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Book review: 'Molotov's Magic Lantern' by Rachel Polonsky

The writer moves to Moscow, stumbles on the library of Stalin henchman Vyacheslav Molotov and learns about his intellectual roamings.

February 20, 2011|By Martin Rubin | Special to the Los Angeles Times
  • The Soviet president for foreign affairs V.M. (Vyacheslav Mikhailovich) Molotov, second from left, leaves with Germany's state secretary Dr. Otto Meissner, second from right, at the German Empire's chancellory in Berlin after lengthy talks with Adolf Hitler on Nov. 12, 1940.
The Soviet president for foreign affairs V.M. (Vyacheslav Mikhailovich)… (Associated Press )

Molotov's Magic Lantern

Travels in Russian History

Rachel Polonsky

Farrar, Straus & Giroux. 390 pp. $28

To say that Rachel Polonsky is a lifelong Russophile probably still understates the level of her engagement with the country that has so captured her imagination, heart and soul. This British journalist has written about its culture and experienced its realities, first when it was synonymous with the Soviet behemoth and then in the two decades of its more recent transformation. But exactly what has it become in that extraordinary metamorphosis? Foreign observers and analysts of Russia have come away perplexed by its unique nature and the difficulty of governing it.

For Polonsky, who moves to Moscow, Russia is one giant echo chamber of historical and cultural resonances, every corner filled with the ghosts of past glories and terrors. Having thought, studied and written about great literary figures including Tolstoy, Dostoevsky and Chekhov, she is so steeped in their essence that they serve as guides and even more as templates for her as she breathes in the atmosphere of Russia today.

But the important dissident writers of the Soviet era — Mandelstam, Pasternak and Akhmatova — are also very much with Polonsky. So when fate places her in an apartment block once reserved for the Communist elite, with access to no less a treasure trove than the actual library of Stalin's henchman Vyacheslav Molotov, it is a gift from the gods.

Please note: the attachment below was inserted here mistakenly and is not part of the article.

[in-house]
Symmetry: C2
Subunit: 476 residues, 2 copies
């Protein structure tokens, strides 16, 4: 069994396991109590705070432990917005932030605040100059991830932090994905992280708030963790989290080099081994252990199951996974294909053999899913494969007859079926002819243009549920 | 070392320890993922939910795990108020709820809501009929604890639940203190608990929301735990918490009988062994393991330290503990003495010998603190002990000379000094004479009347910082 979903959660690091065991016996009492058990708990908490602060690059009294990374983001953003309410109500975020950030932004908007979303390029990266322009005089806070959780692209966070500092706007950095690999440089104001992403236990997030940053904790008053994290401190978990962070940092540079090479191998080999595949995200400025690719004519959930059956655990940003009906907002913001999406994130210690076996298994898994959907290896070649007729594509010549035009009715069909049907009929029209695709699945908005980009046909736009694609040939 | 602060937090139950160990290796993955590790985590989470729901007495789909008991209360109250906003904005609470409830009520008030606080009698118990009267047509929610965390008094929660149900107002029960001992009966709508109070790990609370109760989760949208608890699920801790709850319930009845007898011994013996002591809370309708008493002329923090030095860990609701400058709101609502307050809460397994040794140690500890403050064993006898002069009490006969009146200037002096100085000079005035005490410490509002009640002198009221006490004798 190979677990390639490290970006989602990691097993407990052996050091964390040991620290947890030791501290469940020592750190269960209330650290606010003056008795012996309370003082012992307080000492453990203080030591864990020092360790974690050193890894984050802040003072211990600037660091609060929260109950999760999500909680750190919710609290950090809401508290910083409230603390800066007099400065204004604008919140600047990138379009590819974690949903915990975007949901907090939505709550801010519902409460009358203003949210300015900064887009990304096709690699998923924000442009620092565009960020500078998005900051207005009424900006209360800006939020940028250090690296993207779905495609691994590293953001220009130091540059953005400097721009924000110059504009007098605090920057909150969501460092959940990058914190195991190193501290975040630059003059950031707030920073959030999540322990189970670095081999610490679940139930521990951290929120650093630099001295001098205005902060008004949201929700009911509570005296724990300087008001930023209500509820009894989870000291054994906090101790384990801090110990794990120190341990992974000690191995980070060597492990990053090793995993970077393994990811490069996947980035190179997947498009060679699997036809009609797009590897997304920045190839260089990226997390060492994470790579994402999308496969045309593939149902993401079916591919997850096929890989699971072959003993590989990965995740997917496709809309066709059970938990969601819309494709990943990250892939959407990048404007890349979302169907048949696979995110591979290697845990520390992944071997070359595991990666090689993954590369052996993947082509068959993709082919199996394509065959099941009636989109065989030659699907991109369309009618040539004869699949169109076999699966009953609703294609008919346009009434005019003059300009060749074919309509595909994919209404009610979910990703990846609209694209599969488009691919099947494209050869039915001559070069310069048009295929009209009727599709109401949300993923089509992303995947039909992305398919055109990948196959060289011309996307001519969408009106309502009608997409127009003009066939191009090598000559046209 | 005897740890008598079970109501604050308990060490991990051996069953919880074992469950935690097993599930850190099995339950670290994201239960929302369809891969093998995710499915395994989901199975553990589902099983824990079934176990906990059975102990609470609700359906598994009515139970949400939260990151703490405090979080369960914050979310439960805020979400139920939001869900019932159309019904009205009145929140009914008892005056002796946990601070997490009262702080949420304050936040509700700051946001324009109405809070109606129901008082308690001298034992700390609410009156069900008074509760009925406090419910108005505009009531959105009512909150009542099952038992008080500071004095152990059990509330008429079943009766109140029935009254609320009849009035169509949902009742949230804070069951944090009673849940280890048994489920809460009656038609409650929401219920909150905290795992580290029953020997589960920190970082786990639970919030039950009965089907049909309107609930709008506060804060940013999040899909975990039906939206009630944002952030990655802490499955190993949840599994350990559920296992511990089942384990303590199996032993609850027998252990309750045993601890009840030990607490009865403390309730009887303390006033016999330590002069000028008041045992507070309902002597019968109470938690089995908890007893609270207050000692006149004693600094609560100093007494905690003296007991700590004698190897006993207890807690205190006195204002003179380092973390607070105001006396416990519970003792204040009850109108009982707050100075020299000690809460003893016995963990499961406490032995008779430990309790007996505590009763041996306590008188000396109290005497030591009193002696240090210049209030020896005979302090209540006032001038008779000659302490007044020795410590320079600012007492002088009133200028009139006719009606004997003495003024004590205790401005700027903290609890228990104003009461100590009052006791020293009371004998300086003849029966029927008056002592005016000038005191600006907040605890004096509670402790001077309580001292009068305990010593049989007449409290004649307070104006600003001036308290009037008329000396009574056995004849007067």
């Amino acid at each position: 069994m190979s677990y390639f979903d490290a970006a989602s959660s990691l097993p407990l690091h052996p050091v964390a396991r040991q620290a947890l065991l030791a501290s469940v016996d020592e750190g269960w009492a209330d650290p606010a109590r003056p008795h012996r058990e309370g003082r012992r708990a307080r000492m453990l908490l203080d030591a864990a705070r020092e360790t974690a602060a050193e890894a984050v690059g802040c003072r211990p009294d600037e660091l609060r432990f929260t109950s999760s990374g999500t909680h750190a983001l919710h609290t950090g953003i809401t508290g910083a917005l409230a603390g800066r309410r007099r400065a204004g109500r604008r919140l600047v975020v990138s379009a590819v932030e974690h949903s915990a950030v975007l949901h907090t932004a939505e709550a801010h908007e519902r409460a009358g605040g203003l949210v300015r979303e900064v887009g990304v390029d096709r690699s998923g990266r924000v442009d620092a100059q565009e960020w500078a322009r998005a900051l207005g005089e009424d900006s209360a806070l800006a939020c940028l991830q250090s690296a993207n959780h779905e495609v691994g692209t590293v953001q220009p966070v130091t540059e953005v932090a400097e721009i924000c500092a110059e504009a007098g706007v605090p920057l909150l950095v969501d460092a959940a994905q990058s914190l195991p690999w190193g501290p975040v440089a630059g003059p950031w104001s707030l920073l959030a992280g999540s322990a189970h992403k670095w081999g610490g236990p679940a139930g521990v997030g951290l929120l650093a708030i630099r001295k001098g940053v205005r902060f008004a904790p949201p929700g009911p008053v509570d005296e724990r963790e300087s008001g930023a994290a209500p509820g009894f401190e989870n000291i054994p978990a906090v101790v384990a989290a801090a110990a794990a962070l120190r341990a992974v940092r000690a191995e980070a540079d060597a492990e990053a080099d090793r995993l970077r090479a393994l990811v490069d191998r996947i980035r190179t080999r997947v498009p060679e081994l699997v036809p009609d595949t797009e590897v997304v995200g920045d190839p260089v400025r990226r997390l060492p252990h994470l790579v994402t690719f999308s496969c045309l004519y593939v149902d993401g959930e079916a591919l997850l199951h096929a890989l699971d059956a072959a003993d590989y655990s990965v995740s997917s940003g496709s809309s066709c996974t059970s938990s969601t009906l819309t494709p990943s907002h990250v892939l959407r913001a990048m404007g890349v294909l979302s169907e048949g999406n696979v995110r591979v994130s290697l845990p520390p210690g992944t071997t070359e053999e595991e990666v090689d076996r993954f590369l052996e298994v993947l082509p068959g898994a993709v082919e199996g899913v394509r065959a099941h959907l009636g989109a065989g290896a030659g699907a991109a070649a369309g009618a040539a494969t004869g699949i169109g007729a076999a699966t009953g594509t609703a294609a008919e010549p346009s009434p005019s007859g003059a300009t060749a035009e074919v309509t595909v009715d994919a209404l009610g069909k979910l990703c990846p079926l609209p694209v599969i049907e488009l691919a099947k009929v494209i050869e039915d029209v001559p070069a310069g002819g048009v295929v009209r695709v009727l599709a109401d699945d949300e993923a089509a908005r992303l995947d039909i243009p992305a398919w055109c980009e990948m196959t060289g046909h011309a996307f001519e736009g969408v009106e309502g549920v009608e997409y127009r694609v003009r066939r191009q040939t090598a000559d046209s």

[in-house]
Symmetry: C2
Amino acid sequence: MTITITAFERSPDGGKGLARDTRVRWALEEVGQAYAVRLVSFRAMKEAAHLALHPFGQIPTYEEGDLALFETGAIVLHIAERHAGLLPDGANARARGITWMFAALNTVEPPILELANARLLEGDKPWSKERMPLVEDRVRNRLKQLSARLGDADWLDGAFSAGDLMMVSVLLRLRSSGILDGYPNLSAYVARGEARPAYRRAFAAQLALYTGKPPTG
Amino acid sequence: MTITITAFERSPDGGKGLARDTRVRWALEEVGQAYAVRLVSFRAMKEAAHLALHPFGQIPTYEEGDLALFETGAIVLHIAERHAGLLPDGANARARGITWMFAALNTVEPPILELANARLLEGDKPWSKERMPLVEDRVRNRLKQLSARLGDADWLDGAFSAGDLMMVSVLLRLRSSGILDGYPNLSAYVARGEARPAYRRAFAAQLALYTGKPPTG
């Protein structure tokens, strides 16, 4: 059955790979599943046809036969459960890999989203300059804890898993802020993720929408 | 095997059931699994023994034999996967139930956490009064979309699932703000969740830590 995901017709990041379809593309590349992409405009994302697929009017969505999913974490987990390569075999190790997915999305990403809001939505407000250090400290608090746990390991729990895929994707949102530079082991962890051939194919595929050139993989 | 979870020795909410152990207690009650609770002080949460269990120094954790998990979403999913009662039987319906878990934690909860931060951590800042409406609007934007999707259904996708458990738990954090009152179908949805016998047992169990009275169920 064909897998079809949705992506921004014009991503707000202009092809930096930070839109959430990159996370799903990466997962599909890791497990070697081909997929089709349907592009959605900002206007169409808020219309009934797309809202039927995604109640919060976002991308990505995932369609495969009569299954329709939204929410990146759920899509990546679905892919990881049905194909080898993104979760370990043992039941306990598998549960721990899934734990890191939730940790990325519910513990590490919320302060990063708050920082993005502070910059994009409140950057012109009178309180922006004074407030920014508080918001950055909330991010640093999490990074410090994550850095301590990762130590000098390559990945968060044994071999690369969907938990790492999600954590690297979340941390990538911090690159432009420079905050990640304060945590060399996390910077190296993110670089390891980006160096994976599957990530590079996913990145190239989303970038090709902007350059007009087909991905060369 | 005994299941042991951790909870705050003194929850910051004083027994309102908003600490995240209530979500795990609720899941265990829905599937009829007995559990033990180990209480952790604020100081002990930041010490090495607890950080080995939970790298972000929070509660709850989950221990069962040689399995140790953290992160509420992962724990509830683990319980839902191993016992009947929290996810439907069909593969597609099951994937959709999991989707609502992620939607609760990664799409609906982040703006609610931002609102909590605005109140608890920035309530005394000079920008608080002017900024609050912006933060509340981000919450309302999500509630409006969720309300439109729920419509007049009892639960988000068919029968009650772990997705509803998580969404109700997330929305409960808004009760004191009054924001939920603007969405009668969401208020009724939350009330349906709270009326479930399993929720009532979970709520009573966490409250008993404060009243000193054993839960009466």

It turns out that Molotov was not only one of the most enduring of the Soviet leader's enforcers but also a dedicated bibliophile whose reading took him deep into Russian culture and also into the literature of other nations. The doggedness and steady application that made him such a useful Soviet functionary and took him from Hitler's bunker to Churchill's war room, Roosevelt's White House, and the founding of the United Nations were evident in his reading. As Polonsky peruses his wide-ranging library, she cannot forget that this was a man who signed countless death warrants, his hardhearted annotations on actual execution lists a shocking counterpoint to his literary roamings. Polonsky writes:

"A weary impatience with the unknowability of other people is sometimes a characteristic of the bibliophile, who loves with fervor publication dates and catalogue numbers, all the categories of exact knowledge that a book can be made to represent. Just such a weariness emerges when Molotov allows himself to speak of all the killing that history had seemed to demand of him and his comrades, the difficulty of maintaining the 'harsh unquestioning discipline' that dictatorship requires."

In the end, despite the depth of Polonsky's engagement with Molotov and still more with the eternal verities of Mother Russia, she still seems more bemused than enlightened. The cacophony of today's Moscow and the ghost whispers of the glorious and tragic are overwhelming as they whirl about her; and the phenomenon of Russia is still, despite all her informed musings, best summed up in Winston Churchill's famous encapsulation, "a riddle wrapped in a mystery inside an enigma."

Rubin is the author of "Sarah Gertrude Millin: A South African Life."

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